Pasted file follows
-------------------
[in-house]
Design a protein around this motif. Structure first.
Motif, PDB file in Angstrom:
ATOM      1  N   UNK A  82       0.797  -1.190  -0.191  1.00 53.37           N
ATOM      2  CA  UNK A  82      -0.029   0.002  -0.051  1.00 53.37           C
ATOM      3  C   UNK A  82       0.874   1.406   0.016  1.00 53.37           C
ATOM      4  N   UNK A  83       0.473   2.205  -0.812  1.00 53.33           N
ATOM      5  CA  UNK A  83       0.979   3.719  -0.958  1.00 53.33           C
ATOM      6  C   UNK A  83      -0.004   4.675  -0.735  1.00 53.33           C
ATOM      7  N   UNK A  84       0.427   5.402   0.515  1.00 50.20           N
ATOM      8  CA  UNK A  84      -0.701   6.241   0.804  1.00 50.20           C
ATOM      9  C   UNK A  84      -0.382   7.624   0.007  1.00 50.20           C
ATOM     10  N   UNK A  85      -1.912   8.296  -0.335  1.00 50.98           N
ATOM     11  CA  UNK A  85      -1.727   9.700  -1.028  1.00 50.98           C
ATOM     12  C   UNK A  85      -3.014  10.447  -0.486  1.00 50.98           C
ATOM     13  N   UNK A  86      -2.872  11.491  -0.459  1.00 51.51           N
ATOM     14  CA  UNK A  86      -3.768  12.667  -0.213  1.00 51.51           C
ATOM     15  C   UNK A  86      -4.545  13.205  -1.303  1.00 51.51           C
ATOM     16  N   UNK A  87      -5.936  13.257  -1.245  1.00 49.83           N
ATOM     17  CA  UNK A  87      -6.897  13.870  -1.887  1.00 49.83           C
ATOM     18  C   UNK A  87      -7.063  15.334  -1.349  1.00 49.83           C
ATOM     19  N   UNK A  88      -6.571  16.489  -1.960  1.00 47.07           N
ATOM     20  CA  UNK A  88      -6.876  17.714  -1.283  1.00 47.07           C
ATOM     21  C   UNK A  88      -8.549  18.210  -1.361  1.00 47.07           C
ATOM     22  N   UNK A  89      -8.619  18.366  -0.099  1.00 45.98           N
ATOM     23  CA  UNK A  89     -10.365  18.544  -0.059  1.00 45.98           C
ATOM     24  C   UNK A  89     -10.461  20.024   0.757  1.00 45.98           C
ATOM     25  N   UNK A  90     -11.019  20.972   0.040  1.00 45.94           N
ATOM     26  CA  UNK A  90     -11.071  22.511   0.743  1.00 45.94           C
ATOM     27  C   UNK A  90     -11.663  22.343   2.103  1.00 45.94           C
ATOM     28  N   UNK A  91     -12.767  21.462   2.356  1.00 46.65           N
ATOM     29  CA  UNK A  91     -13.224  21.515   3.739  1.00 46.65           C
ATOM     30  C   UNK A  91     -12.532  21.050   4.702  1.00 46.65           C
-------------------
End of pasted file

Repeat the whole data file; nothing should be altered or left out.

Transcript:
[in-house]
Design a protein around this motif. Structure first.
Motif, PDB file in Angstrom:
ATOM      1  N   UNK A  82       0.797  -1.190  -0.191  1.00 53.37           N
ATOM      2  CA  UNK A  82      -0.029   0.002  -0.051  1.00 53.37           C
ATOM      3  C   UNK A  82       0.874   1.406   0.016  1.00 53.37           C
ATOM      4  N   UNK A  83       0.473   2.205  -0.812  1.00 53.33           N
ATOM      5  CA  UNK A  83       0.979   3.719  -0.958  1.00 53.33           C
ATOM      6  C   UNK A  83      -0.004   4.675  -0.735  1.00 53.33           C
ATOM      7  N   UNK A  84       0.427   5.402   0.515  1.00 50.20           N
ATOM      8  CA  UNK A  84      -0.701   6.241   0.804  1.00 50.20           C
ATOM      9  C   UNK A  84      -0.382   7.624   0.007  1.00 50.20           C
ATOM     10  N   UNK A  85      -1.912   8.296  -0.335  1.00 50.98           N
ATOM     11  CA  UNK A  85      -1.727   9.700  -1.028  1.00 50.98           C
ATOM     12  C   UNK A  85      -3.014  10.447  -0.486  1.00 50.98           C
ATOM     13  N   UNK A  86      -2.872  11.491  -0.459  1.00 51.51           N
ATOM     14  CA  UNK A  86      -3.768  12.667  -0.213  1.00 51.51           C
ATOM     15  C   UNK A  86      -4.545  13.205  -1.303  1.00 51.51           C
ATOM     16  N   UNK A  87      -5.936  13.257  -1.245  1.00 49.83           N
ATOM     17  CA  UNK A  87      -6.897  13.870  -1.887  1.00 49.83           C
ATOM     18  C   UNK A  87      -7.063  15.334  -1.349  1.00 49.83           C
ATOM     19  N   UNK A  88      -6.571  16.489  -1.960  1.00 47.07           N
ATOM     20  CA  UNK A  88      -6.876  17.714  -1.283  1.00 47.07           C
ATOM     21  C   UNK A  88      -8.549  18.210  -1.361  1.00 47.07           C
ATOM     22  N   UNK A  89      -8.619  18.366  -0.099  1.00 45.98           N
ATOM     23  CA  UNK A  89     -10.365  18.544  -0.059  1.00 45.98           C
ATOM     24  C   UNK A  89     -10.461  20.024   0.757  1.00 45.98           C
ATOM     25  N   UNK A  90     -11.019  20.972   0.040  1.00 45.94           N
ATOM     26  CA  UNK A  90     -11.071  22.511   0.743  1.00 45.94           C
ATOM     27  C   UNK A  90     -11.663  22.343   2.103  1.00 45.94           C
ATOM     28  N   UNK A  91     -12.767  21.462   2.356  1.00 46.65           N
ATOM     29  CA  UNK A  91     -13.224  21.515   3.739  1.00 46.65           C
ATOM     30  C   UNK A  91     -12.532  21.050   4.702  1.00 46.65           C